Keynote speakers addressing the plenary of the Third Session of the World Urban Forum on Tuesday highlighted the crisis of the world's urban poor as a key challenge of the new millennium.
Ms. Lindiwe Sisulu, South Africa's housing minister said that just as the world had united in the fight against Nazism during the Second World War, it must now unite against the common scourge of poverty. Urbanization, she added, had thrown up new challenges.
"It is now a generally accepted truth of our time that urbanisation will throw up one of the biggest challenges," she said. "When coupled with poverty it creates the complexity of problems that we seek to unravel today. Within the context of developing continents, the two are inextricably linked. And this is why urban shelter has become such a pressing issue. For nothing defines the reality of the developing world more starkly than through this prism."
Ms. Sisulu, who addressed the plenary in her capacity as Chair of the African Ministerial Conference on Housing and Urban Development (AMCHUD), said that in order to fully understand social exclusion, it was necessary to bring poverty, urban poverty in particular, back into the centre discussions on development. She noted that the international community currently devoted only 2 to 12 per cent of donor funding to urban areas, as the bulk of assistance was still focused on rural areas.
South Africa's experience had shown that the inclusion of the communities involved was essential. Shack Dwellers International and other organizations therefore needed government support. They had the answer to their problem: saving schemes. All they required was support, and their efforts only bode well for governments, she said. Ms. Sisulu said African governments at the inaugural meeting of AMCHUD in South Africa in February 2005 had committed themselves to pay more attention to housing because this was at the core of urban poverty. Quoting the Holocaust survivor and Nobel peace laureate, Elie Wiesel, she warned that indifference was tantamount to a crime.
Earlier, Mr. Alphonso Jackson, Secretary of the Department of Housing and Urban Development of the United States reiterated the importance of home ownership as a means to make the world's cities stronger, safer and more prosperous. He said that the mission of the US Department of Housing and Urban Development (HUD) was to increase home ownership in the country as currently some 30 per cent of the American population did not live in their own homes. Many of these people were from groups that had been discriminated against in the past.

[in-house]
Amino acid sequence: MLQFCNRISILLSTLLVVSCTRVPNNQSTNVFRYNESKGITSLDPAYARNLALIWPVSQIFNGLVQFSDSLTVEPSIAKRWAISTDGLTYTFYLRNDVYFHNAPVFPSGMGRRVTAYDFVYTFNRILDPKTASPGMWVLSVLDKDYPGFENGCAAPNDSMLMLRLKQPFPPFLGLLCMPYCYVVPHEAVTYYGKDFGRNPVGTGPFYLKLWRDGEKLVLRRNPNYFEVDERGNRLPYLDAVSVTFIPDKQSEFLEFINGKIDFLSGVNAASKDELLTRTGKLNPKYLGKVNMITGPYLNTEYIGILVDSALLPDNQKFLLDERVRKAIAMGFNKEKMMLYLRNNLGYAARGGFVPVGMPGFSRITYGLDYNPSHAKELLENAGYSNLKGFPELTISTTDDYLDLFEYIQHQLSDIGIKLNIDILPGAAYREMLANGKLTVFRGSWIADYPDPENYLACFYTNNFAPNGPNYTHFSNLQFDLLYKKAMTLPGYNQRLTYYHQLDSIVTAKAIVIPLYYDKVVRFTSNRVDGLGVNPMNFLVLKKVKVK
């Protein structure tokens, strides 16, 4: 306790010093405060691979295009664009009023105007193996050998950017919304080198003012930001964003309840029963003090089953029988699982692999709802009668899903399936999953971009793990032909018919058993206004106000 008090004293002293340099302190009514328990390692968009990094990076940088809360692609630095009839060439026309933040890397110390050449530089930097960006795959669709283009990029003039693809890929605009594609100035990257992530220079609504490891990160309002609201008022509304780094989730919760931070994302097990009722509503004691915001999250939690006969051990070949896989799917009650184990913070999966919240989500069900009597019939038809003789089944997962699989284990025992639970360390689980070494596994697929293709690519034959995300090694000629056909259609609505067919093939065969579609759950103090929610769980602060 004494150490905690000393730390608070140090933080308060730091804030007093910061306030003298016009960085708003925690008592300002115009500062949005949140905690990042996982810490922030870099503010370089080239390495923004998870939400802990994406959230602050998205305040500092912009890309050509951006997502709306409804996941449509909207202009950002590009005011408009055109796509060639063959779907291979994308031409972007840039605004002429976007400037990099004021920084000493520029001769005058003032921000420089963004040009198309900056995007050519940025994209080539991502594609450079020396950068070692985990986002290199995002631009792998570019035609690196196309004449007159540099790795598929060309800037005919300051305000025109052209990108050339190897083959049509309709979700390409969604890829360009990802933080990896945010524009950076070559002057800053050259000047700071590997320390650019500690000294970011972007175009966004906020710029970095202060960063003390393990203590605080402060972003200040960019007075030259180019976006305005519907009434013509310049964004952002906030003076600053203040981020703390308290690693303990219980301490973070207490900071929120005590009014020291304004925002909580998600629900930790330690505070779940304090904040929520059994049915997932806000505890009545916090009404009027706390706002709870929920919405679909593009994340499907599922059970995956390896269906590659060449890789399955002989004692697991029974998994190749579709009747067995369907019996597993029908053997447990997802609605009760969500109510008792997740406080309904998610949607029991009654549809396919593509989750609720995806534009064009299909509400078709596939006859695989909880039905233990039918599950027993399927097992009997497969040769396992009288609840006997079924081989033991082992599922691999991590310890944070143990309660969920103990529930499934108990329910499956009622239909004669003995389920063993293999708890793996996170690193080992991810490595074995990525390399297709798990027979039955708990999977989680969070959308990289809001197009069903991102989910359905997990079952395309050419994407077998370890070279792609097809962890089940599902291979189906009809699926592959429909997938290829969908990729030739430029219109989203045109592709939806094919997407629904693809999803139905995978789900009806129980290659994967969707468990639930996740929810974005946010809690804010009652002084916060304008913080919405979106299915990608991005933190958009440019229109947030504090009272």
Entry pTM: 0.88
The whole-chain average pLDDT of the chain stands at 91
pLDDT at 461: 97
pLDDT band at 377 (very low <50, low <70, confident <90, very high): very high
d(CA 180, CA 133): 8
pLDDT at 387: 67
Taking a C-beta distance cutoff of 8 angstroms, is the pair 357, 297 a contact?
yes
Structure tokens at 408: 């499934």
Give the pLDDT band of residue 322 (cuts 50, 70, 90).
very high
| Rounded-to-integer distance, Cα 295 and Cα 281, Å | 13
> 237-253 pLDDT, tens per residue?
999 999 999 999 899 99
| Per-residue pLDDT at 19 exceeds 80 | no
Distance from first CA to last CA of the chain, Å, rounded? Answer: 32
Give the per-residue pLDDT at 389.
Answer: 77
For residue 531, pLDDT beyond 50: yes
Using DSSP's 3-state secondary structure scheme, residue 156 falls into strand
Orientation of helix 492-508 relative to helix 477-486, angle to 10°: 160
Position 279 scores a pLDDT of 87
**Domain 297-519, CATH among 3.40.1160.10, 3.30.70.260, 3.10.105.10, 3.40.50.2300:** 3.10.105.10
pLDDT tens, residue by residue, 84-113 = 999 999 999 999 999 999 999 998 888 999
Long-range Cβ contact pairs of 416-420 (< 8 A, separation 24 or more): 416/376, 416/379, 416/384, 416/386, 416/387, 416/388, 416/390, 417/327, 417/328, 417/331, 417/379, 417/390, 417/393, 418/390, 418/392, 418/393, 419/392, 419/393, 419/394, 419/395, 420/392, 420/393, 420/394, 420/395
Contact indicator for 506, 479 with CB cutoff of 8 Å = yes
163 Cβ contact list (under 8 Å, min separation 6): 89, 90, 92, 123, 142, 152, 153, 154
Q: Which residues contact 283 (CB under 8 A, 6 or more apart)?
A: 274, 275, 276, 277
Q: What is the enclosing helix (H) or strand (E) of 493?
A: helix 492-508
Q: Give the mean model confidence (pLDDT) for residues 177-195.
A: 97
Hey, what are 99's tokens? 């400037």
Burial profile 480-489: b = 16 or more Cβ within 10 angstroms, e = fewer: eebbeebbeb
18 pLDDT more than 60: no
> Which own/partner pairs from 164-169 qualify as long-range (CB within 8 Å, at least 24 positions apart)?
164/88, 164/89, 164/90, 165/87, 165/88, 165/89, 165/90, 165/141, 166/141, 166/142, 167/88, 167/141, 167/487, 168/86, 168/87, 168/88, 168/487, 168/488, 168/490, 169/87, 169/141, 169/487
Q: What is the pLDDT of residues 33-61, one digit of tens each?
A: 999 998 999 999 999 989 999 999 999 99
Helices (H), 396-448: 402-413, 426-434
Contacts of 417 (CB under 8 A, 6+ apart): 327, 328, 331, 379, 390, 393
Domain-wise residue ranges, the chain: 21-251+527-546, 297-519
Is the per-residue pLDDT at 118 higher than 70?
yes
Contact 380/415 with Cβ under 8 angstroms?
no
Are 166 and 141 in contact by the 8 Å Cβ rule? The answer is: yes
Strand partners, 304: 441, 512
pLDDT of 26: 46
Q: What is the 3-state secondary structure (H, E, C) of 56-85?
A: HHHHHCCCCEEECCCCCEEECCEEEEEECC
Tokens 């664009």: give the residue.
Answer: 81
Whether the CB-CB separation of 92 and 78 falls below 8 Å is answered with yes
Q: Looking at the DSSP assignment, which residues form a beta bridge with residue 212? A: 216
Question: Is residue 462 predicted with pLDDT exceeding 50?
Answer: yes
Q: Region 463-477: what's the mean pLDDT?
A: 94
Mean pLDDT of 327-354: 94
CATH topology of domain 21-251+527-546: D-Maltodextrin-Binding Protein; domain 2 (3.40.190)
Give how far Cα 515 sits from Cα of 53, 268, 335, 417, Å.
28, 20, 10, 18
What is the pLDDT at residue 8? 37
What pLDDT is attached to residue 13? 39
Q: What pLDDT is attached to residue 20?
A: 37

"For many of our citizens, particularly those who live in volatile real estate markets like New York City , renting makes good financial sense," he said. "But for most renters, home ownership represents a sure parth out of dependency into financial security."
The US government was working hard to ensure that Americans were aware of the benefits of home ownership and his job under the Bush administration was to promote what he called an "ownership society", especially among low- and middle-income minorities. The United States had also dedicated the month of June as Home Ownership Month.
Mr. Jackson noted that the housing market made up nearly one-fourth of the United States' GDP in 2005 and for every home built, 3.5 jobs were created, adding that the private sector had been a great partner in the growth of the housing market and the national economy.
He told delegates that both President Bush and himself were committed to partnering with government officials to create greater opportunities for people in other countries to improve their housing. But, he warned, while his country was willing to help, the initiative to bring about change had to come from countries themselves.
The third speaker to take the podium at the plenary, Mr. Jockin Arputham, Fournder of the National Slum Dwellers Federation of India, thanked UN-HABITAT's Executive Director, Mrs. Anna Tibaijuka, for allowing slum dwellers like himself to participate in the World Urban Forum. He said some 35 slum dwellers and 2 pavement dwellers were among the participants at the Forum.
Mr. Arputham said that many conferences had been held to address the problem of slums, but few had resulted in tangible changes in the lives of slum dwellers. He challenged delegates to let slum dwellers to take control of their own lives instead of just talking about their problems at conferences and seminars. Slum dwellers, he said, needed to take development into their own hands by getting organized and coming up with their own housing solutions, as they were closest to the problem.
He said that for many years the United Nations and governments had paid mere lip service to the plight of slum dwellers and had not pledged sufficient funds to improve their lives. He noted that every year millions of people in Asia and Africa were evicted from their homes, but UN-HABITAT and other international organizations had been unable to prevent evictions and only intervened once the eviction had taken place.
Mr. Arputham urged governments to follow the example of the Government of South Africa, which had allocated 235 million rand to shack dwellers groups to enable the urban poor to build their own homes, and which was working closely with organized groups of the urban poor to come up with housing solutions.
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